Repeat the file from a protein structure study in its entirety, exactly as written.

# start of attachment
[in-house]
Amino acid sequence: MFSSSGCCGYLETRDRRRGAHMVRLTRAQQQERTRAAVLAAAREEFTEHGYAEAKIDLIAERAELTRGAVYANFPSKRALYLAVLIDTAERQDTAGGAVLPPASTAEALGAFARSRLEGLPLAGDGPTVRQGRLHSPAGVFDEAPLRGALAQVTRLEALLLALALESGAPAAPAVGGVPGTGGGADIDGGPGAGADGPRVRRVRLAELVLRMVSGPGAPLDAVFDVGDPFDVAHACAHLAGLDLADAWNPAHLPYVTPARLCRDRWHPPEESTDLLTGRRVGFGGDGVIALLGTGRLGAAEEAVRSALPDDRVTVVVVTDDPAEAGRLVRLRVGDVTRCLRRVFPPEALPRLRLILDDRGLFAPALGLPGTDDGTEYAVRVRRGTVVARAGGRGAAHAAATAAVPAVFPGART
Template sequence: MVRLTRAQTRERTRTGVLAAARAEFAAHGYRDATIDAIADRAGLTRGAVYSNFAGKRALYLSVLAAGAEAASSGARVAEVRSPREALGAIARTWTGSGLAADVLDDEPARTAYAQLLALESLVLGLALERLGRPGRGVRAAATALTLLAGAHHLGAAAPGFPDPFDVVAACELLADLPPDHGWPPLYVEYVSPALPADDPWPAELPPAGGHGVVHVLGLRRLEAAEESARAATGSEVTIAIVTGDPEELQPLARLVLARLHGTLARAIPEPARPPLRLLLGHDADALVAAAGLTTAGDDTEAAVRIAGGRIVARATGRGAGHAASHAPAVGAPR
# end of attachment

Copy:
[in-house]
Amino acid sequence: MFSSSGCCGYLETRDRRRGAHMVRLTRAQQQERTRAAVLAAAREEFTEHGYAEAKIDLIAERAELTRGAVYANFPSKRALYLAVLIDTAERQDTAGGAVLPPASTAEALGAFARSRLEGLPLAGDGPTVRQGRLHSPAGVFDEAPLRGALAQVTRLEALLLALALESGAPAAPAVGGVPGTGGGADIDGGPGAGADGPRVRRVRLAELVLRMVSGPGAPLDAVFDVGDPFDVAHACAHLAGLDLADAWNPAHLPYVTPARLCRDRWHPPEESTDLLTGRRVGFGGDGVIALLGTGRLGAAEEAVRSALPDDRVTVVVVTDDPAEAGRLVRLRVGDVTRCLRRVFPPEALPRLRLILDDRGLFAPALGLPGTDDGTEYAVRVRRGTVVARAGGRGAAHAAATAAVPAVFPGART
Template sequence: MVRLTRAQTRERTRTGVLAAARAEFAAHGYRDATIDAIADRAGLTRGAVYSNFAGKRALYLSVLAAGAEAASSGARVAEVRSPREALGAIARTWTGSGLAADVLDDEPARTAYAQLLALESLVLGLALERLGRPGRGVRAAATALTLLAGAHHLGAAAPGFPDPFDVVAACELLADLPPDHGWPPLYVEYVSPALPADDPWPAELPPAGGHGVVHVLGLRRLEAAEESARAATGSEVTIAIVTGDPEELQPLARLVLARLHGTLARAIPEPARPPLRLLLGHDADALVAAAGLTTAGDDTEAAVRIAGGRIVARATGRGAGHAASHAPAVGAPR